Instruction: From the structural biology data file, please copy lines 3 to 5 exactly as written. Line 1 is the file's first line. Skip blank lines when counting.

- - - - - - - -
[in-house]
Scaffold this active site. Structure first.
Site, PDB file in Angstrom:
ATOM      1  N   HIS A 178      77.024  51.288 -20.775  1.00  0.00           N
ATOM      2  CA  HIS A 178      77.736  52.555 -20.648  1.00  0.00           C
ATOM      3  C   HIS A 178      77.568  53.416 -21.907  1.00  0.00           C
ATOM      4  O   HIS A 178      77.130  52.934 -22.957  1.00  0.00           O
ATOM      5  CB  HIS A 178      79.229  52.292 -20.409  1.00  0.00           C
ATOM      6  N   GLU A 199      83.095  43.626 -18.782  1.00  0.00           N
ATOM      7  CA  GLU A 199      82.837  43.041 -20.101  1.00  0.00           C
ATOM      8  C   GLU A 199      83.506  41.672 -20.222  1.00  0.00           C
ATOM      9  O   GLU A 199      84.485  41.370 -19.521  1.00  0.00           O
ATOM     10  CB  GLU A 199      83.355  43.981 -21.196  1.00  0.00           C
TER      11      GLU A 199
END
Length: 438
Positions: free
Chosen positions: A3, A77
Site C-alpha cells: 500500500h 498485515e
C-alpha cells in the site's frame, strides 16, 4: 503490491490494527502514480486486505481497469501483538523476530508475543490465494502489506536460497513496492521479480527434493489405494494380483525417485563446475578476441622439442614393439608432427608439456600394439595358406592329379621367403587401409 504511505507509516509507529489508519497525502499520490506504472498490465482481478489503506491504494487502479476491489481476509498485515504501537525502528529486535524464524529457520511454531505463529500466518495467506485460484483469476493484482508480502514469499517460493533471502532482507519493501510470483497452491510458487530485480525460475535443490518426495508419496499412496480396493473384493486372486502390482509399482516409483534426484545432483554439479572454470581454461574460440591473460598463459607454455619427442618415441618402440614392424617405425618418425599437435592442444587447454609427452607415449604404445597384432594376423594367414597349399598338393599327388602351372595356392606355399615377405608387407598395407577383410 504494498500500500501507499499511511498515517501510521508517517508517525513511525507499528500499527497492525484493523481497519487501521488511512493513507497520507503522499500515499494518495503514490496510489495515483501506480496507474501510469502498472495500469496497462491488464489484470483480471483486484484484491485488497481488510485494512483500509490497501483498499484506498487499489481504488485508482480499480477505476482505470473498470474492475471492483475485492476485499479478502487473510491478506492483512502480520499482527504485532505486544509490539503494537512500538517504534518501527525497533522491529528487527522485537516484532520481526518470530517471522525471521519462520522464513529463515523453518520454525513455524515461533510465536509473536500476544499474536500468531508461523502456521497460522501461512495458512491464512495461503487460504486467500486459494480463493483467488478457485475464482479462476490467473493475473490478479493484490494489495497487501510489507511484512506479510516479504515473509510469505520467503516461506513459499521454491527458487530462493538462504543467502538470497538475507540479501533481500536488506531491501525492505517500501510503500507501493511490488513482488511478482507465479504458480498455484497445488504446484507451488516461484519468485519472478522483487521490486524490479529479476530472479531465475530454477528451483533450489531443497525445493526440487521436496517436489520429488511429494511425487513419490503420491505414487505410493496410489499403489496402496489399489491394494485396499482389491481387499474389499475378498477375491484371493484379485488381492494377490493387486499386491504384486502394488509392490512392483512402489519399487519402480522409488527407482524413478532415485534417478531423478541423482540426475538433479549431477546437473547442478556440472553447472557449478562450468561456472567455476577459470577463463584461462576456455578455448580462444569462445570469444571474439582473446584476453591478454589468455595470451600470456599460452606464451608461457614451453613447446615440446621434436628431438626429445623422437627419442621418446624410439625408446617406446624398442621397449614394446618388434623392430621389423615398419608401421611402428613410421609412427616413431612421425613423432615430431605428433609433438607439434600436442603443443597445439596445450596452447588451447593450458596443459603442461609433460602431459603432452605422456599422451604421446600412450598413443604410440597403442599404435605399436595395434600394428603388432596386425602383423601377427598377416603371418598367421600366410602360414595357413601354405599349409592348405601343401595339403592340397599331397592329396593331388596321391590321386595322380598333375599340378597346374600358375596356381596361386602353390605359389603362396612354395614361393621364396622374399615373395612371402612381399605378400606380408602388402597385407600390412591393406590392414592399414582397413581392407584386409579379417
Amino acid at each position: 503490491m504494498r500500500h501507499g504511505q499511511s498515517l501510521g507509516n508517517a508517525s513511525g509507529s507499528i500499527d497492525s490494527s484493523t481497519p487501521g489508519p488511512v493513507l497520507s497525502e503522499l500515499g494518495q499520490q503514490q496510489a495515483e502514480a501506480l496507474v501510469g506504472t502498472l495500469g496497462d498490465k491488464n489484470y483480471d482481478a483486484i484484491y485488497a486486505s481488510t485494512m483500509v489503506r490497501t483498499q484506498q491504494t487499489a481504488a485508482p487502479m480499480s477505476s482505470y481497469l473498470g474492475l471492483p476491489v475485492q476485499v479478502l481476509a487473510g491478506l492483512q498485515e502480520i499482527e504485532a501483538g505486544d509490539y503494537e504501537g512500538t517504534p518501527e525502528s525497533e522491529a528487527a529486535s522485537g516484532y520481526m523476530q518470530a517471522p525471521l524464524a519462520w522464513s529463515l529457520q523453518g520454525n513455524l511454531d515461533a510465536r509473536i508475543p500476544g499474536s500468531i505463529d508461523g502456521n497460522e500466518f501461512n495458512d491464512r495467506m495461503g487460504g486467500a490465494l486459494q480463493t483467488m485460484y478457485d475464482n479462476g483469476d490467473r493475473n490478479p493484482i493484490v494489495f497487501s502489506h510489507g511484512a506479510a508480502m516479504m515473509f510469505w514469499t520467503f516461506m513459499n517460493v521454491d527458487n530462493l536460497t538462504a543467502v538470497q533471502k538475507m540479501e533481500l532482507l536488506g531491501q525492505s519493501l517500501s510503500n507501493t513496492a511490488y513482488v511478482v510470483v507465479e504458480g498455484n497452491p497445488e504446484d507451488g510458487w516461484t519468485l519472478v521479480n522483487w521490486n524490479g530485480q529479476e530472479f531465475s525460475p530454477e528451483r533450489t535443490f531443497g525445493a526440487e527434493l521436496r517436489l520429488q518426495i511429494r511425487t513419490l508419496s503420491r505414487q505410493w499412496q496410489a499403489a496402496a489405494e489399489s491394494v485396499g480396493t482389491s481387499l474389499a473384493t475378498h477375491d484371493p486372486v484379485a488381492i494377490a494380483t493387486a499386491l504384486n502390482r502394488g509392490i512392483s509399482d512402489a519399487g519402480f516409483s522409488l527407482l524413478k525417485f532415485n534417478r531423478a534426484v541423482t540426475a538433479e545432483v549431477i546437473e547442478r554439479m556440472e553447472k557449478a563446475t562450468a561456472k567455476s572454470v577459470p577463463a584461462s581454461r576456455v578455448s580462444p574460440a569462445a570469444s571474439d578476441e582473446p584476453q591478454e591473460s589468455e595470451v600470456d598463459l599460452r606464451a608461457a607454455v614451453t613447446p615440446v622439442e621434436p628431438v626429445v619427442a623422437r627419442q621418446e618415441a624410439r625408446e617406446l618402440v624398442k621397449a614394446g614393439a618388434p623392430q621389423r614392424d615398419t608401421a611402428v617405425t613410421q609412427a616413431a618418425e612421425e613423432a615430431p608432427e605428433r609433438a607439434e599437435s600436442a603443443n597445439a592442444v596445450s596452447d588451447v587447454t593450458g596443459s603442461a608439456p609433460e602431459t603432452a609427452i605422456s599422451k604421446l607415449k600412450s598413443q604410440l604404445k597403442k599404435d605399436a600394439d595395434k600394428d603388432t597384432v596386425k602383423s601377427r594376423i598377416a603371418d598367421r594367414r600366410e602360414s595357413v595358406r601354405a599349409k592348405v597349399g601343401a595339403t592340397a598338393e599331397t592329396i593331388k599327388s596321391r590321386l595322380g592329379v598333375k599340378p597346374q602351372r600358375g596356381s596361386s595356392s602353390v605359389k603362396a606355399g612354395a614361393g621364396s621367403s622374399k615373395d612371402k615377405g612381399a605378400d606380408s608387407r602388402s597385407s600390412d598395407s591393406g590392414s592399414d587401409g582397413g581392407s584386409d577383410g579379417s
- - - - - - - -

Site, PDB file in Angstrom:
ATOM      1  N   HIS A 178      77.024  51.288 -20.775  1.00  0.00           N
ATOM      2  CA  HIS A 178      77.736  52.555 -20.648  1.00  0.00           C